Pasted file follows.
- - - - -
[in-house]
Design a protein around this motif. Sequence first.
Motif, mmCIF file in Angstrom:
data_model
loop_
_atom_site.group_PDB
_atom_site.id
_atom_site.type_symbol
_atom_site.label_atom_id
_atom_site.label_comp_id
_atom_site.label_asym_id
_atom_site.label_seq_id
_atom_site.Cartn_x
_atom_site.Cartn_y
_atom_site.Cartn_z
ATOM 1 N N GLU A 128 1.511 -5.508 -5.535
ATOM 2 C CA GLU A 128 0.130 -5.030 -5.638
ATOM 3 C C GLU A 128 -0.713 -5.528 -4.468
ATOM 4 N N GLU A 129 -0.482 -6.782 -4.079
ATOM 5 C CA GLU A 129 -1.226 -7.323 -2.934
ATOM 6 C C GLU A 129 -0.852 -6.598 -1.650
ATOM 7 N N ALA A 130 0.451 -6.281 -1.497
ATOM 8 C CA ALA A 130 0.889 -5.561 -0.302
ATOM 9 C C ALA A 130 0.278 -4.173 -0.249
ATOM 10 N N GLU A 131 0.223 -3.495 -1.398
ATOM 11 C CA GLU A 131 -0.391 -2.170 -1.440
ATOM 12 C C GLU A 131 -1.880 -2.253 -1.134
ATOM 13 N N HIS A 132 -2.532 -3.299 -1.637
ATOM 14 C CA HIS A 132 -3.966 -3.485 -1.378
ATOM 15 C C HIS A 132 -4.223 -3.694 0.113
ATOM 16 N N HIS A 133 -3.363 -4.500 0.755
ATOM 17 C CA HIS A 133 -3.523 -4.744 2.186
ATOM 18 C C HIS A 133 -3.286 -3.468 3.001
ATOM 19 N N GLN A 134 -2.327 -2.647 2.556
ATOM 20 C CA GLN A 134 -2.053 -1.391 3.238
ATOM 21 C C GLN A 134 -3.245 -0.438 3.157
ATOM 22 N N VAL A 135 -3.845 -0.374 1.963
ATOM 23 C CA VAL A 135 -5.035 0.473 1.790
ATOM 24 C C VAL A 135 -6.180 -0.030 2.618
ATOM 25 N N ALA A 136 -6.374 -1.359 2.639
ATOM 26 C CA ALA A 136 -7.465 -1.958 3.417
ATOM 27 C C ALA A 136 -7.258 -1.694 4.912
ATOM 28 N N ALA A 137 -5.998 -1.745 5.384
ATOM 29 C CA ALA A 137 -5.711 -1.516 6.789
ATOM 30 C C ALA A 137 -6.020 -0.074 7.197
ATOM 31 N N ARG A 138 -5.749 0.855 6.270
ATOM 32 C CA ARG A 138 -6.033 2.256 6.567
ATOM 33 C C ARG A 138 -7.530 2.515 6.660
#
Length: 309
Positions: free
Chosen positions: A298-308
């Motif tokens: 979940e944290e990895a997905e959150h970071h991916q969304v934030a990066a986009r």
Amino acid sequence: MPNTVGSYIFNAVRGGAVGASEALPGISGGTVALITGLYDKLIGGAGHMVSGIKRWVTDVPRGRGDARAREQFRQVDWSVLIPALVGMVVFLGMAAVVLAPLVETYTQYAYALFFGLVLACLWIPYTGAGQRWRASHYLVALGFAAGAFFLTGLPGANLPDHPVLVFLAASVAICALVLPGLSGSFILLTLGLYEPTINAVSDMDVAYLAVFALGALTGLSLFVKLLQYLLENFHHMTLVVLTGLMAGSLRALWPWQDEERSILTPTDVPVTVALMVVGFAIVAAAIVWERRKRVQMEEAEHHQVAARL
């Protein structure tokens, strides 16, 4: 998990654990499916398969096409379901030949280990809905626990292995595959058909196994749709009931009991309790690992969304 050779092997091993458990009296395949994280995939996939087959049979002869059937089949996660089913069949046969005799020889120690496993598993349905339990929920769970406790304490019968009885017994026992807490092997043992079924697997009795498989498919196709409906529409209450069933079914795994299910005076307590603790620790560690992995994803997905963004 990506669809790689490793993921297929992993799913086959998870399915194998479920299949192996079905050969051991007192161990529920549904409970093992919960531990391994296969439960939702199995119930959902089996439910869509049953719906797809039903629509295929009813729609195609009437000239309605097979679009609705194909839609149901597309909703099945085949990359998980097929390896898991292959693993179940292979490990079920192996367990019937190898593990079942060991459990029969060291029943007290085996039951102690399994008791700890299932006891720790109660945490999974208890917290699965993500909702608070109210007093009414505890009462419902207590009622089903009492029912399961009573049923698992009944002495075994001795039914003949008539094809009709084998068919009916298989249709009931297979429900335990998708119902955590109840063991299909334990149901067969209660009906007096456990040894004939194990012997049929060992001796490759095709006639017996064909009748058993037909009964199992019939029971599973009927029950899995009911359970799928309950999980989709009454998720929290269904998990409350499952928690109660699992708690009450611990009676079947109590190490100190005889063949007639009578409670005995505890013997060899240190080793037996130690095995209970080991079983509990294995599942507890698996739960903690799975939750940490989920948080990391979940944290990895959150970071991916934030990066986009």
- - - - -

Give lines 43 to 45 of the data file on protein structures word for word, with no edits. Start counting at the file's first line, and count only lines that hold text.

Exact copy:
ATOM 28 N N ALA A 137 -5.998 -1.745 5.384
ATOM 29 C CA ALA A 137 -5.711 -1.516 6.789
ATOM 30 C C ALA A 137 -6.020 -0.074 7.197